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Koenji Awaodori (Co.-En-Gee Ah-Wah-O-Door-E): A large Japanese dance festival filled with thousands of dancers rhythmically grooving to traditional Japanese music. The festival originated on the southern island of Shikoku some four hundred years ago. Recently it has spread, with Koenji, a suburb of Tokyo, celebrating their own Awa festival. It is one of the thousands of Bon festivals held in Japan every year to honor the souls of ancestors.

But it is much more than that.

It is also a celebration of silliness. A release from the rigid order through one of the most ignoble, and grand, activities that one can join. Full of feet and arms flailing, flutes and shamisens singing, and drums and gongs booming in a never ending procession full of shouts and hollering. On August 27, 2005, when I saw the festival, there were some seventy-seven troupes in a tightly choreographed sway of movements and motions, with both males and females, boys and girls, young and old, all celebrating. Occasionally, through all the clamor and din, you could hear, odoru ahou ni miru ahou, onaji aho nara odoranya son son” being sung in rhythm to the beat.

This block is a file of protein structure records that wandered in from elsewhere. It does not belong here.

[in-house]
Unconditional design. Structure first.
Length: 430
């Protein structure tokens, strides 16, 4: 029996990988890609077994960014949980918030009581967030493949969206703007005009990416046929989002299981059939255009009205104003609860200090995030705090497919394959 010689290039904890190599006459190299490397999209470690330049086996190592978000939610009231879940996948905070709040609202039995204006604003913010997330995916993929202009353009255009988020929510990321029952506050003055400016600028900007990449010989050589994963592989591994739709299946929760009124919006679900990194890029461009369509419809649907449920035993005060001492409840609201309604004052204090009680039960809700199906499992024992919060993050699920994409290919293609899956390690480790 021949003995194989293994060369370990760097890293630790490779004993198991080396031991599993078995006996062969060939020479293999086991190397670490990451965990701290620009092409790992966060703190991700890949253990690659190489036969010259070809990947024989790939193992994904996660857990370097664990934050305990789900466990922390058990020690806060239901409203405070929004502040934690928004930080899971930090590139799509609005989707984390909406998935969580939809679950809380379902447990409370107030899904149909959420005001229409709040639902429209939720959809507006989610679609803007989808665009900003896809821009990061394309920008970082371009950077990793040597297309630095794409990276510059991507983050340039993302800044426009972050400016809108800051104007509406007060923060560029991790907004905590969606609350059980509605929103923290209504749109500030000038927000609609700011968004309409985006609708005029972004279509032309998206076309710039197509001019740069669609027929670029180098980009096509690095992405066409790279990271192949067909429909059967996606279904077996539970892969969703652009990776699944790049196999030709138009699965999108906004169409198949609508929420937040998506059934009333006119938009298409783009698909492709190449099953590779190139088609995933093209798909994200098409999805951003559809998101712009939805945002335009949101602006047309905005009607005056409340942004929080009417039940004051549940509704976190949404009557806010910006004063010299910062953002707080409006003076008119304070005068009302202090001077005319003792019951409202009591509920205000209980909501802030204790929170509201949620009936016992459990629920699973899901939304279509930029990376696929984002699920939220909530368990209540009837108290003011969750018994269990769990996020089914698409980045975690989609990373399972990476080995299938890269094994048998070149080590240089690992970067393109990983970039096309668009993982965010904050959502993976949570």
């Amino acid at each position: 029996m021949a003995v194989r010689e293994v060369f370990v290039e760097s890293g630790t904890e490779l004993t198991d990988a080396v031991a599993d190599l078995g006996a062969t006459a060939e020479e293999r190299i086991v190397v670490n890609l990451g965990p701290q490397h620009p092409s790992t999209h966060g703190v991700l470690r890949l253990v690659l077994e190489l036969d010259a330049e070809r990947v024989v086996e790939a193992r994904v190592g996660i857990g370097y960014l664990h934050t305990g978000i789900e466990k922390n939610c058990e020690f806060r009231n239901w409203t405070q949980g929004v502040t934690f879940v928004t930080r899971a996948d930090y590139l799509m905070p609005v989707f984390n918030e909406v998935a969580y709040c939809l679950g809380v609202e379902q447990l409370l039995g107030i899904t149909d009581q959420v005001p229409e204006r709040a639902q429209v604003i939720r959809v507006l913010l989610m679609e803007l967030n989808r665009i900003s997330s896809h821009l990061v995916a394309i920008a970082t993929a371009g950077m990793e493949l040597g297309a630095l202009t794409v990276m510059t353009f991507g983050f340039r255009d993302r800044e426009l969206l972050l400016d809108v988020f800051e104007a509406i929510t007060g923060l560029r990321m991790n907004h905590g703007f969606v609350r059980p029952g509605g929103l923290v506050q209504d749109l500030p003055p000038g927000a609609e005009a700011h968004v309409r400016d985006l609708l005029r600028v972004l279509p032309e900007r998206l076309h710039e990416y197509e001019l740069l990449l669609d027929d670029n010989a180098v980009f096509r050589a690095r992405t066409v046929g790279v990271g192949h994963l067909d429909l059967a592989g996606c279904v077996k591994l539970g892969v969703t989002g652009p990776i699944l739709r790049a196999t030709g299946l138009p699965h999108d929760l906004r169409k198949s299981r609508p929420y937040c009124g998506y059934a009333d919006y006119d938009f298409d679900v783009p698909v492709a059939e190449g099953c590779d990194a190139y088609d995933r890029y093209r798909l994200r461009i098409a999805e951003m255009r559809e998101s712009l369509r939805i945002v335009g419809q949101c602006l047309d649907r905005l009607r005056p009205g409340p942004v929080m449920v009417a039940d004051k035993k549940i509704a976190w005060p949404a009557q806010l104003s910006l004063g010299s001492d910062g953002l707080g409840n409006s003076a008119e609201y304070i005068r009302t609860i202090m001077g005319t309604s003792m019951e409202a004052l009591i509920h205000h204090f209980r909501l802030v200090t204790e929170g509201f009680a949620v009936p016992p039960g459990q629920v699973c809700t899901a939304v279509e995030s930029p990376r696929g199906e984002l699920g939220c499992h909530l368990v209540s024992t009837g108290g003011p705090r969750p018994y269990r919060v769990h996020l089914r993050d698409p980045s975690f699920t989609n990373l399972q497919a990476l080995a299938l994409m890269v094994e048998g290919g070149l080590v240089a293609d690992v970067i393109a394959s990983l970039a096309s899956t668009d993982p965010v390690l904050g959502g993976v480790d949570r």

“We’re fools whether we dance or not, so we may as well dance.”

I saw organized chaos.
And it was beautiful.

- Colin Ptak

© Colin Ptak, 2004-2010